September 21, 2009

The Elements of Style (Strunk and White)


1. Form the possessive singular of nouns by addings ’s.

2. In a series of three or more terms with a single conjunction, use a comma after each term except the last.

3. Enclose parenthetic expressions between commas.

4. Place a comma before a conjunction introducing an independent clause.

5. Do not join independent clauses with a comma.

6. Do not break sentences in two.

7. Use a colon after an independent clause to introduce a list of particulars, an appositive, an amplification, or an illustrative quotation.

8. Use a dash to set off an abrupt break or interruption and to announce a long appositive or summary.

9. The number of the subject determines the number of the verb.

10. Use the proper case of pronoun.

11. A participial phrase at the beginning of a sentence must refer to the grammatical subject.


12. Choose a suitable design and hold to it.

13. Make the paragraph the unit of composition.

14. Use the active voice.

15. Put statements in positive form.

16. Use definite, specific, concrete language.

17. Omit needless words.

18. Avoid a succession of loose sentences.

19. Express coordinate ideas in similar form.

20. Keep related words together.

21. In summaries, keep to one tense.

22. Place the emphatic words of a sentence at the end.

III. AN APPROACH TO STYLE (With a List of Reminders)

1. Place yourself in the background.

2. Write in a way that comes naturally.

3. Work from a suitable design.

4. Write with nouns and verbs.

5. Revise and rewrite.

6. Do not overwrite.

7. Do not overstate.

8. Avoid the use of qualifiers.

9. Do not affect a breezy manner.

10. Use orthodox spelling.

11. Do not explain too much.

12. Do not construct awkward adverbs.

13. Make sure the reader knows who is speaking.

14. Avoid fancy words.

15. Do not use dialect unless your ear is good.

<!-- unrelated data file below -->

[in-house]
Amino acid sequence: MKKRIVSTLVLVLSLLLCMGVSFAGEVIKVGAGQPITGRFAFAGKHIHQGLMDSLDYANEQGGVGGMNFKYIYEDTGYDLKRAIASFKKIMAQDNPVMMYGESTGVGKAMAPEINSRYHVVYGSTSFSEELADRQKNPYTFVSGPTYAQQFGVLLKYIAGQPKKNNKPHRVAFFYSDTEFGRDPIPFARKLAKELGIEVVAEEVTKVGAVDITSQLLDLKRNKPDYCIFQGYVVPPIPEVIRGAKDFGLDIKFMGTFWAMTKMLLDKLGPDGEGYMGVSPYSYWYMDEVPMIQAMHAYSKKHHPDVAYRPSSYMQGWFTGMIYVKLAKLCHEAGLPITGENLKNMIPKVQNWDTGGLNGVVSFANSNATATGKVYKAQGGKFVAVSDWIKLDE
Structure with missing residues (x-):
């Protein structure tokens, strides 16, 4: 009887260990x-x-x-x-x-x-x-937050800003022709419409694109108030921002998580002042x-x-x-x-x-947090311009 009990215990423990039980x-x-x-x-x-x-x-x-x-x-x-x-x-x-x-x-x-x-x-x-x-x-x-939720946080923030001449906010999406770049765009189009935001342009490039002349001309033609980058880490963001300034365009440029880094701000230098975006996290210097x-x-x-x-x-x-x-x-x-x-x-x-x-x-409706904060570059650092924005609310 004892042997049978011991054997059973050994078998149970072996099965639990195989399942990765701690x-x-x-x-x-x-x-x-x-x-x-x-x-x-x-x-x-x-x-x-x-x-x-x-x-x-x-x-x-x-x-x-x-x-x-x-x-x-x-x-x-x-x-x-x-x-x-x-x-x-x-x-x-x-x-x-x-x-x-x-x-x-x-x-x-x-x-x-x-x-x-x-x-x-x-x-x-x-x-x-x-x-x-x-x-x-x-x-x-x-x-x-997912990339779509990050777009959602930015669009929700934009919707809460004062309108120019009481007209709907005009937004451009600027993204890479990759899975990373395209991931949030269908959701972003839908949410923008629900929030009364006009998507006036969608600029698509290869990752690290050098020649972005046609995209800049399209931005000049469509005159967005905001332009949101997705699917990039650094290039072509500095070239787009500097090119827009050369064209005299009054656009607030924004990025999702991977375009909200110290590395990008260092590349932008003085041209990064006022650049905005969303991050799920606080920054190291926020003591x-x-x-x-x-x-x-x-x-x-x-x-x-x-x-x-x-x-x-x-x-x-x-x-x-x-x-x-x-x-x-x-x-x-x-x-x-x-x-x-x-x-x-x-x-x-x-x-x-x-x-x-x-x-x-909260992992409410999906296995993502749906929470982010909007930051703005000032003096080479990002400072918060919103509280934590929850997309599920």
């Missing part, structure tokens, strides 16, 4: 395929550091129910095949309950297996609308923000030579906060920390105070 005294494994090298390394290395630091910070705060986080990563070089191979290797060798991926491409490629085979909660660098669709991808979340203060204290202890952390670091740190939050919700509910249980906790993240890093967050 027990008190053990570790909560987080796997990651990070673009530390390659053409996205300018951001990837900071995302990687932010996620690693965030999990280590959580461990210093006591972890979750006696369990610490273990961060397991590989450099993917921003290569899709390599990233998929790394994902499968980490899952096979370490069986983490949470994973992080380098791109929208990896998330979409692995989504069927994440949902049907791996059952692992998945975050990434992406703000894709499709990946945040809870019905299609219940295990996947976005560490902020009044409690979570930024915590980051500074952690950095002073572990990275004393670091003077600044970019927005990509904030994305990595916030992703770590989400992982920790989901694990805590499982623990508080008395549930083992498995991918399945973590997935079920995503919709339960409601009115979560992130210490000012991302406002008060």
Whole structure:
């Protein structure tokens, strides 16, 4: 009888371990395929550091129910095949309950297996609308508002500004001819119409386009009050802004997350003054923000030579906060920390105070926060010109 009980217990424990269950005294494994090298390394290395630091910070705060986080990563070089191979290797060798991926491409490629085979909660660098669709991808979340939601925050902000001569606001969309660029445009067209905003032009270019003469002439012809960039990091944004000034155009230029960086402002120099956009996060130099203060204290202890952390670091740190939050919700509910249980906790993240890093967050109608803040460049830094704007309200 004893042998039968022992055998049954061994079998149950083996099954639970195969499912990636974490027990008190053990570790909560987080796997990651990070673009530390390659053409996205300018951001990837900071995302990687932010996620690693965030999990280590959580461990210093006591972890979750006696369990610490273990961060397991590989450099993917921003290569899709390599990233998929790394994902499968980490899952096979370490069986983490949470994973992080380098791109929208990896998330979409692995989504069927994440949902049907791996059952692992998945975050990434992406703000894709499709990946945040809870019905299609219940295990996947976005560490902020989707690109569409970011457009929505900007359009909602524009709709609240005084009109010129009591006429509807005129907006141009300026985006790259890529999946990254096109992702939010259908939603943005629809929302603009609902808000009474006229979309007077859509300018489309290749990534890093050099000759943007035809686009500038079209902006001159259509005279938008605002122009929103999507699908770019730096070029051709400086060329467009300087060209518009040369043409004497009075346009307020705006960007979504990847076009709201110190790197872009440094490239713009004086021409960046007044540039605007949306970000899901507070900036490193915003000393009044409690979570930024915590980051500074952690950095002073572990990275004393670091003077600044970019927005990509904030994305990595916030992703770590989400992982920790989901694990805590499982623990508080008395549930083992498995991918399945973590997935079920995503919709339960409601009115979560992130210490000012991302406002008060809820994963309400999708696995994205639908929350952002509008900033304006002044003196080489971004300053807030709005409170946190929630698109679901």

16. Be clear.

17. Do not inject opinion.

18. Use figures of speech sparingly.

19. Do not take shortcuts at the cost of clarity.

20. Avoid foreign languages.

21. Prefer the standard to the offbeat.


  1. Hello, Rise! As an editor for books and web copy, I really find The Elements of Style indispensable. It's so small yet meaty! LOL.

    When I'm editing books, I have this small book beside me always (and also my Chicago Manual of Style, which is a doorstop of a book).

  2. Hey, Peter. I practically listed the Table of Contents as constant reminders. I just gave away my old copy in BookMooch.

    I have started on Arthur Plotnik's "Spunk & Bite" which contradicts everything Strunk and White. It's quite hilarious.

  3. Hi, Rise! I'll definitely check that out. It's a parody, right? Actually, a lot of Americans have been saying that Strunk and White is no longer relevant in today's writing. They also cited some "errors", particularly those having to do with active vs. passive statements. Have you heard of these arguments? Reading them is actually quite fun.

  4. It's more than a parody, Peter. It's a manual in its own right, a very refreshing one. I can see why most have reservations on the strictures of Strunk and White. They're too black and white. The creative writing school must have felt too constricted in applying them.